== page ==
First encounters: Rachel Moss and Catherine Marshall

‘Rachel is much more tactful than I am’

Rachel Moss is an art historian and assistant professor in the Department of History of Art and Architecture in Trinity College, Dublin. She lives in Dublin with her husband, sculptor Jason Ellis

Catherine was my teacher when I studied art history in TCD. It was the late 1980s/early 1990s and the department at the time was very male and very patriarchal – she was the only female lecturer. We didn’t know it at the time but she was working three jobs and bringing up her two girls on her own. But she was the one who always had time for students. She was and is a brilliant lecturer: on occasion, her lectures would get spontaneous applause at the end, and that’s a very rare thing.

We became good friends after I left university through our mutual friend Rachel MacRory, who was a government policy adviser on architecture – Rachel and I had been at school and university together. She’d been a great support to Catherine, looking after her girls – Catherine had such a hectic life, racing around, on occasion she needed to rely on friends. So we all got to know each other well. And Betty, Catherine’s sister, and I were friendly.

Then Rachel, who had Cystic Fibrosis, died quite suddenly in 2002. I was the one to go up and tell Catherine: Rachel had been staying with me while her house was being done up in Dundrum. Everyone drew closer after that.


I always had a passion for the Medieval period. My grandfather, who lived in Sligo, was very interested in archaeology: I remember vividly when I was six and he took me to see a dig. One of the archaeologists put a human jawbone in my hand and told me about how you could tell she was a young woman.

Art history is seen as being a very elite discipline but Catherine and I would both be very strong on outreach. We've fought to make Art & Architecture of Ireland accessible: the plan is that when it's published digitally in a few years, every secondary school in the country will get a free copy.

Even though we’re doing quite different subjects for this project, Catherine and I bounced ideas off each other and swapped introductions. We were both working from home and it was quite a lonely thing to do, so it was nice sometimes just to stroll up the canal and meet for coffee.

Catherine’s a very warm and generous person, very wise. I’d take counsel from her.

Art and Architecture of Ireland, an illustrated five-volume work looking at 1,600 years of Irish art and architecture, from medieval to contemporary, is published by Yale University Press for the Royal Irish Academy and the Paul Mellon Centre.

Catherine Marshall is an art historian. After lecturing in Trinity College, Dublin, she became first head of collections at the Irish Museum of Modern Art. Originally from Kilkenny, she lives in Portobello

The first time Rachel really made an impression on me was when myself and Roger Stalley [former Trinity History of Art professor] took a group of students on a trip to Florence. Rachel, who was about 20, was already there on a year abroad and Roger suggested we get her to join us. I remember this girl who was very shy, who’d blush when teachers spoke to her – she was probably 20. But she had very well thought- out ideas, was very clear and strong in her thinking and I was very impressed by that.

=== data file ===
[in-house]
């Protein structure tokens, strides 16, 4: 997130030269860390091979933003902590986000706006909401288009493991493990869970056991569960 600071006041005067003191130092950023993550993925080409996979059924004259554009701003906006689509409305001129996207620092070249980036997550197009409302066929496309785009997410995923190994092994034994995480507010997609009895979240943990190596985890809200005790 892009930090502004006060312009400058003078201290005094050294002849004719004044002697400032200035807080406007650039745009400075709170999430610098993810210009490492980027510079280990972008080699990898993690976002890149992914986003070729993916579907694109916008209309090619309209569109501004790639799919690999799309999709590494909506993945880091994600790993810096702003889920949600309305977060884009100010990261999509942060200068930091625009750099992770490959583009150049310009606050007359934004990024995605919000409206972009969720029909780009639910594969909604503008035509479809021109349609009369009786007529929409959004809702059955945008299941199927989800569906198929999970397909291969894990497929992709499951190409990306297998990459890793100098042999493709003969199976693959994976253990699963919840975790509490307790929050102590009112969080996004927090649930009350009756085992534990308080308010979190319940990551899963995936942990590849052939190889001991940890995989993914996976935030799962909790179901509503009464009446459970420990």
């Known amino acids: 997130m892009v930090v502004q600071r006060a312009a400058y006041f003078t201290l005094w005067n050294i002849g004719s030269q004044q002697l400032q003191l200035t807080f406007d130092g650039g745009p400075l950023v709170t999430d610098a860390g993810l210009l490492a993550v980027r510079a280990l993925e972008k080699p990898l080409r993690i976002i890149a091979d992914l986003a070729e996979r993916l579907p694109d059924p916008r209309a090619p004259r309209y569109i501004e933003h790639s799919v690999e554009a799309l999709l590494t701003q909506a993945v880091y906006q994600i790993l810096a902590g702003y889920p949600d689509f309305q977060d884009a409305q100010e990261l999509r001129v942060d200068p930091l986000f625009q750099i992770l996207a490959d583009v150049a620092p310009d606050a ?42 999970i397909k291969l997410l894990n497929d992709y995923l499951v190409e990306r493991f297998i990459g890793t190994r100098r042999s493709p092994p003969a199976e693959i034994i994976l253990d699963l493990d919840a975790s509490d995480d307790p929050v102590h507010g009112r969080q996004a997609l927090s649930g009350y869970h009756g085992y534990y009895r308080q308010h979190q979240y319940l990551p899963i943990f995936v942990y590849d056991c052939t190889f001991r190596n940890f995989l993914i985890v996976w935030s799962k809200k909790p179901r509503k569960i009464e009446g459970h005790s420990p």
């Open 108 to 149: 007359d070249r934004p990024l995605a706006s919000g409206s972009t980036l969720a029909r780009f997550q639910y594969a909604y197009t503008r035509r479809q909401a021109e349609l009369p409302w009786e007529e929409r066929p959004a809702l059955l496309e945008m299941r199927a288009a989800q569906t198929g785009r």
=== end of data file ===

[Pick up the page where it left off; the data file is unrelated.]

And then there was another person who I think both of us would look on as one of the best friends we ever had. She was Rachel MacRory: she had come straight out of college to become architectural adviser in the Department of Arts and Heritage. She had Cystic Fibrosis and died suddenly in 2002 when she was still in her 30s, having achieved so much. Since Rachel’s death, the people who were her friends have got closer and closer to each other.

Another thing that brought us together was a shared social agenda: I’ve always had a strong interest in making the things I love best really accessible to people from every background – at IMMA we had great connections to local communities; Rachel [Moss] worked on literacy projects in Fatima Mansions while she was a postgraduate student.

We’d meet at dinner parties in each others’ houses, at Rachel MacRory’s flat, and with my older sister, who was very friendly with Rachel [Moss]. Betty studied History of Art as a mature student, was in Rachel’s year and was also a Medievalist.

I approach art history from a very strong feminist point of view and I think Rachel does too. It would be very much about . . . about making sure that women who did achieve extraordinary things are properly identified and documented. It’s only very latterly that that has happened.

I’d always drawn and painted: my grandfather, Denis J Gorey, was a TD in the 1930s and 1940s who used to sketch the other TDs in the Dáil. I came from Kilkenny to study art history in UCD in Dublin in the 1960s, then taught in the inner city and I went on to do a History of Art degree in Trinity. I taught there from then on.

When I was writing the intro to my volume I wanted to run it past somebody else. The person I chose who I thought had the integrity, an understanding of all the issues, and courage, was Rachel.

Rachel is kind and very honest and willing to fight fiercely for causes that she believes in. She is full of integrity, and much more tactful than I am. And definitely less shy than she was.